Ko M.-S.,Gwangju Institute of Science and Technology | Kim J.-Y.,Gwangju Institute of Science and Technology | Bang S.,Gwangju Institute of Science and Technology | Lee J.-S.,Mine Reclamation Corporation MIRECO | And 2 more authors.
Environmental Geochemistry and Health | Year: 2012

The stabilization efficiencies of arsenic (As) in contaminated soil were evaluated using various additives such as limestone, steel mill slag, granular ferric hydroxide (GFH), and mine sludge collected from an acid mine drainage treatment system. The soil samples were collected from the Chungyang area, where abandoned Au-Ag mines are located. Toxicity characteristic leaching procedure, synthetic precipitation leaching procedure, sequential extraction analysis, aqua regia digestion, cation exchange capacity, loss on ignition, and particle size distribution were conducted to assess the physical and chemical characteristics of highly arsenic-contaminated soils. The total concentrations of arsenic in the Chungyang area soil ranged up to 145 mg/kg. After the stabilization tests, the removal percentages of dissolved As(III) and As(V) were found to differ from the additives employed. Approximately 80 and 40% of the As(V) and As(III), respectively, were removed with the use of steel mill slag. The addition of limestone had a lesser effect on the removal of arsenic from solution. However, more than 99% of arsenic was removed from solution within 24 h when using GFH and mine sludge, with similar results observed when the contaminated soils were stabilized using GFH and mine sludge. These results suggested that GFH and mine sludge may play a significant role on the arsenic stabilization. Moreover, this result showed that mine sludge can be used as a suitable additive for the stabilization of arsenic. © 2011 Springer Science+Business Media B.V.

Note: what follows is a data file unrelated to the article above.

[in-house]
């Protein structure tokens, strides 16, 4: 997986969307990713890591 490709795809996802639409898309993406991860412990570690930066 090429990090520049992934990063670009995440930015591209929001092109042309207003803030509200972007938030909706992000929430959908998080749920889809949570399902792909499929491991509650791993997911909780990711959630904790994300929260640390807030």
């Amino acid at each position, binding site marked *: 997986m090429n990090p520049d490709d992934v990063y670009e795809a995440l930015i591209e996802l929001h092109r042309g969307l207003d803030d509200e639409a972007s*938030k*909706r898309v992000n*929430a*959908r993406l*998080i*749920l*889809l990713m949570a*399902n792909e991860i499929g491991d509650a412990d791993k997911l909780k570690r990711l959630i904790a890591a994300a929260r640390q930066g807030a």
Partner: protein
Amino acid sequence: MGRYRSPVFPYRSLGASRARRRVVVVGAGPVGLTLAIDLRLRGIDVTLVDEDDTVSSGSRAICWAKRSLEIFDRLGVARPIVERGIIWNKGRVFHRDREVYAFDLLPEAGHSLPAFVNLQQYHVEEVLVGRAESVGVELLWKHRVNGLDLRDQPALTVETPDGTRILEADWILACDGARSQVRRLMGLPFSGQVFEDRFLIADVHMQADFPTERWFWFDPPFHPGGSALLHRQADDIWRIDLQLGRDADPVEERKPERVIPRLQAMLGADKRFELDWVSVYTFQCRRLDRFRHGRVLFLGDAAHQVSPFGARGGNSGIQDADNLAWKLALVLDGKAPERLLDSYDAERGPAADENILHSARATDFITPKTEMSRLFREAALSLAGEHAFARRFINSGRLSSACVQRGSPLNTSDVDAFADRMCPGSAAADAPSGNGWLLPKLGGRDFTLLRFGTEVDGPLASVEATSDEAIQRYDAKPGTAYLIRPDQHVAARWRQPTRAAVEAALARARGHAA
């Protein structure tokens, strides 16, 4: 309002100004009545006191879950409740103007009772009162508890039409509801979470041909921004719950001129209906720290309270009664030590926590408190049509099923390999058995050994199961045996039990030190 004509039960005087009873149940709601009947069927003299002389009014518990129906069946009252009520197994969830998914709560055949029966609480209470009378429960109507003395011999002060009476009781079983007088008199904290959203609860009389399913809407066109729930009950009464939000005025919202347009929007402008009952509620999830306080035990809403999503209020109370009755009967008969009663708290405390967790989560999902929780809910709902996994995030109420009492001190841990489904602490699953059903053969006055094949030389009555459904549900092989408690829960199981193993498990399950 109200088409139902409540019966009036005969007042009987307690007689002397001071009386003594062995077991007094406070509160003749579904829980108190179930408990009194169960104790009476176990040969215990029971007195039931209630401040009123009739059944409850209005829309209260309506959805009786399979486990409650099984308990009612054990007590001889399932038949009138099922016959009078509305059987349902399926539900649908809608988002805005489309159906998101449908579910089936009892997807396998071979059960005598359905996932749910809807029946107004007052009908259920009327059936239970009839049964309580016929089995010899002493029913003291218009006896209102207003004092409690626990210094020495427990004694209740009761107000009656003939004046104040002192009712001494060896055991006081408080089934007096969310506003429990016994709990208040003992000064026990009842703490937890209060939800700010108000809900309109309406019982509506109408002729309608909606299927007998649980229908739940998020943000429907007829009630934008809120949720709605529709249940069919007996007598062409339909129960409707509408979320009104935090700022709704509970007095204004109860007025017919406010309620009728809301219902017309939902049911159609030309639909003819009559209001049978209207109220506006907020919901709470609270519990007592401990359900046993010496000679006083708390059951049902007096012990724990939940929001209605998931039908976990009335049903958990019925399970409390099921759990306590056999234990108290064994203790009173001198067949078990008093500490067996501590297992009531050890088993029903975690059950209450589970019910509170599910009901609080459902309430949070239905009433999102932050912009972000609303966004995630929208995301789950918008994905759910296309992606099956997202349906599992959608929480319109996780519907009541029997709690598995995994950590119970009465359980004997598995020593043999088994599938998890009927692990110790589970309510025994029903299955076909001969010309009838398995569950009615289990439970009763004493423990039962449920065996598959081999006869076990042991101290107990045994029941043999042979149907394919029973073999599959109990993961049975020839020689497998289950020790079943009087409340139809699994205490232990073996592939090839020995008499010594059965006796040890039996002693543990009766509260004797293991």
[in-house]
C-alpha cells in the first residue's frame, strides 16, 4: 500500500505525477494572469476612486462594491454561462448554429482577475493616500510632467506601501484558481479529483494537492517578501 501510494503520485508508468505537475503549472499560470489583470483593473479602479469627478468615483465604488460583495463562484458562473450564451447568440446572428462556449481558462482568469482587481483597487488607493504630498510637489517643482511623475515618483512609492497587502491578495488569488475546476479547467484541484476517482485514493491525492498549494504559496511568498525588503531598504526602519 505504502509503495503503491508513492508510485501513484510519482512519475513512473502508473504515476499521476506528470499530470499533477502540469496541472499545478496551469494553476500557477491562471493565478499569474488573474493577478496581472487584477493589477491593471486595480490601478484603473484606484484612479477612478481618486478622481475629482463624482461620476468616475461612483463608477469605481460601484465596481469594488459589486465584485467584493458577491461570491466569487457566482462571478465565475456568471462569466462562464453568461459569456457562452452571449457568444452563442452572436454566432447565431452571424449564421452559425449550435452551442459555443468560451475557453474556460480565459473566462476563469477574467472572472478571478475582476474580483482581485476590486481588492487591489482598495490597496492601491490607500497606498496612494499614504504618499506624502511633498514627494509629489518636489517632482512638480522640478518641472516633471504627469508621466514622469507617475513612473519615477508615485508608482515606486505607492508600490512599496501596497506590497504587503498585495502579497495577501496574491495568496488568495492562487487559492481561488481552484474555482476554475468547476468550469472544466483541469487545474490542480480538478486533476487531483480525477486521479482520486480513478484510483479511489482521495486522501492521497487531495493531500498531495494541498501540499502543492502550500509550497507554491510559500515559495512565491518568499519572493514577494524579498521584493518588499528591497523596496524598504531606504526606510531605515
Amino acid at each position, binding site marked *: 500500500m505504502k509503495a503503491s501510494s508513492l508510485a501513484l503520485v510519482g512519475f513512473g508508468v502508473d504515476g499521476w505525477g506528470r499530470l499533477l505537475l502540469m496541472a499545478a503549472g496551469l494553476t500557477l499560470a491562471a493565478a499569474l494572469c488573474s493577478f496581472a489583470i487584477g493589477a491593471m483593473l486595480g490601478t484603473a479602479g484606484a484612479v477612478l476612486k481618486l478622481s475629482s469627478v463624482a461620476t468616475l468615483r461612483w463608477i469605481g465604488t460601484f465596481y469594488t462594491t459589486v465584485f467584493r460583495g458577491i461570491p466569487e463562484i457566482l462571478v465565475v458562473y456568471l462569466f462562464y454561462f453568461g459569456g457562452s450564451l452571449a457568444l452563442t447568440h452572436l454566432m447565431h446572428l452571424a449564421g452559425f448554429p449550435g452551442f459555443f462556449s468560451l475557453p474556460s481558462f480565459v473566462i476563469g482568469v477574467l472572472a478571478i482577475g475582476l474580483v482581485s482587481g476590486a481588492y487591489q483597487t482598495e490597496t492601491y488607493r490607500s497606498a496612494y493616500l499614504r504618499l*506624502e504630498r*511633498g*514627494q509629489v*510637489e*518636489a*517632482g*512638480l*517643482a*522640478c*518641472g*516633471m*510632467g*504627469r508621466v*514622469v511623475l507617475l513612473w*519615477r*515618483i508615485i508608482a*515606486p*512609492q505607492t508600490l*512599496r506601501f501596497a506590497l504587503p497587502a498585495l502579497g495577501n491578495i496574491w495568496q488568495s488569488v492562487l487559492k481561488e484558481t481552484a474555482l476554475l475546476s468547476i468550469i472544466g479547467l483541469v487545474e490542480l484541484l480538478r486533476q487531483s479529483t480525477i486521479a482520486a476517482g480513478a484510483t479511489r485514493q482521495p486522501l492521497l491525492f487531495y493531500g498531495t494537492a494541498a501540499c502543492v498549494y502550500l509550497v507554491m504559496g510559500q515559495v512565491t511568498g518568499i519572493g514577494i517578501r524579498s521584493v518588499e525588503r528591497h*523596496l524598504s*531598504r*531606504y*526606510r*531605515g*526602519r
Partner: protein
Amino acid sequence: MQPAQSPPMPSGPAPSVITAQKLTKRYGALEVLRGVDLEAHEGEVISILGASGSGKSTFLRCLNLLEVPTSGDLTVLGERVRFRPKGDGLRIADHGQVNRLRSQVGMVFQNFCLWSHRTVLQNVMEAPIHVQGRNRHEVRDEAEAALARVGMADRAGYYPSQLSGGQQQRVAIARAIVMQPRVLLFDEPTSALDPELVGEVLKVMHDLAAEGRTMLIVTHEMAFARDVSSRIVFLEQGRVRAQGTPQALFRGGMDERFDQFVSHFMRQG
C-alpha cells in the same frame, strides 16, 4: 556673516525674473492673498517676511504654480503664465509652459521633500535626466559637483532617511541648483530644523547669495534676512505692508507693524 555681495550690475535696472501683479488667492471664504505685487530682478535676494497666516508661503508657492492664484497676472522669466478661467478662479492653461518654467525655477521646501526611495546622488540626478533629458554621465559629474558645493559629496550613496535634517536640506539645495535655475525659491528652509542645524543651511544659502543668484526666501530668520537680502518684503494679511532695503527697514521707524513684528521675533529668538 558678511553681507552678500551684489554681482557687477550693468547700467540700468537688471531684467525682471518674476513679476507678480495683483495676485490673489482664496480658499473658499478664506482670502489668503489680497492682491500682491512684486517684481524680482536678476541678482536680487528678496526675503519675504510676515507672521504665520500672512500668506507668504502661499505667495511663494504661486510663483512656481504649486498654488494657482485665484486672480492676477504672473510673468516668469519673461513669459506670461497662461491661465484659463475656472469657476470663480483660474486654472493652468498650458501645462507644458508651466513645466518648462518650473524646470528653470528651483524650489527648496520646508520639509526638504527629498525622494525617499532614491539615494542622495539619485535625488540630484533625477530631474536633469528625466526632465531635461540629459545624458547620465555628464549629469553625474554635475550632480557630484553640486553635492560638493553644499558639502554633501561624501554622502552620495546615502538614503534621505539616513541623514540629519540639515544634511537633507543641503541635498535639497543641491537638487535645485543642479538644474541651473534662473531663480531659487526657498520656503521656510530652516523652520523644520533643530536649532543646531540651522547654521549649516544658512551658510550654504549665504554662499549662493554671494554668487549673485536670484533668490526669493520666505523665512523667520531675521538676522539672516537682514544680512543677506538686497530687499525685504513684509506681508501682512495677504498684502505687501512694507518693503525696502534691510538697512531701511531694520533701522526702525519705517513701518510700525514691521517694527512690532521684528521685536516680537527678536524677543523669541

Ko M.-S.,Korea Institute of Science and Technology | Kim J.-Y.,Gwangju Institute of Science and Technology | Park H.-S.,Mine Reclamation Corporation MIRECO | Kim K.-W.,Gwangju Institute of Science and Technology
Journal of Cleaner Production | Year: 2015